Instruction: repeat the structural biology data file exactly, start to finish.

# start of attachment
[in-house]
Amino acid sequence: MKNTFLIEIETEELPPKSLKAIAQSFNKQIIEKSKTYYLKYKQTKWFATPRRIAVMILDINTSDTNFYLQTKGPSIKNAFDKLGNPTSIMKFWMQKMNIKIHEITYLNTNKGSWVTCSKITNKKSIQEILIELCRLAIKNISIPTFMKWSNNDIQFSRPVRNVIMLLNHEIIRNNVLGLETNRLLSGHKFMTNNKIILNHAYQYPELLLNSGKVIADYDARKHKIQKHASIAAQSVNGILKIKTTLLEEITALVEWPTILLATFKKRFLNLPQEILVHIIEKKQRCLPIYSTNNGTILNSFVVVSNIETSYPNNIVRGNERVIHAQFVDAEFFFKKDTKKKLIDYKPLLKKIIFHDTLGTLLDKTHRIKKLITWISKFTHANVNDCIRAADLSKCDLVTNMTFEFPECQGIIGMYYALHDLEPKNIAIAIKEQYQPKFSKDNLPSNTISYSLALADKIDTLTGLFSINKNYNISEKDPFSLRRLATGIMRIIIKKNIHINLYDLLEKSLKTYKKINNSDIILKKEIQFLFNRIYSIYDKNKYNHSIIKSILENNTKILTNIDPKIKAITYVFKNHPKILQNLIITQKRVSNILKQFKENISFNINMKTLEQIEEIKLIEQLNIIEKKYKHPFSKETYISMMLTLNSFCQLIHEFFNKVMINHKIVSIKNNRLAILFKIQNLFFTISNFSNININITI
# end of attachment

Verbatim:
[in-house]
Amino acid sequence: MKNTFLIEIETEELPPKSLKAIAQSFNKQIIEKSKTYYLKYKQTKWFATPRRIAVMILDINTSDTNFYLQTKGPSIKNAFDKLGNPTSIMKFWMQKMNIKIHEITYLNTNKGSWVTCSKITNKKSIQEILIELCRLAIKNISIPTFMKWSNNDIQFSRPVRNVIMLLNHEIIRNNVLGLETNRLLSGHKFMTNNKIILNHAYQYPELLLNSGKVIADYDARKHKIQKHASIAAQSVNGILKIKTTLLEEITALVEWPTILLATFKKRFLNLPQEILVHIIEKKQRCLPIYSTNNGTILNSFVVVSNIETSYPNNIVRGNERVIHAQFVDAEFFFKKDTKKKLIDYKPLLKKIIFHDTLGTLLDKTHRIKKLITWISKFTHANVNDCIRAADLSKCDLVTNMTFEFPECQGIIGMYYALHDLEPKNIAIAIKEQYQPKFSKDNLPSNTISYSLALADKIDTLTGLFSINKNYNISEKDPFSLRRLATGIMRIIIKKNIHINLYDLLEKSLKTYKKINNSDIILKKEIQFLFNRIYSIYDKNKYNHSIIKSILENNTKILTNIDPKIKAITYVFKNHPKILQNLIITQKRVSNILKQFKENISFNINMKTLEQIEEIKLIEQLNIIEKKYKHPFSKETYISMMLTLNSFCQLIHEFFNKVMINHKIVSIKNNRLAILFKIQNLFFTISNFSNININITI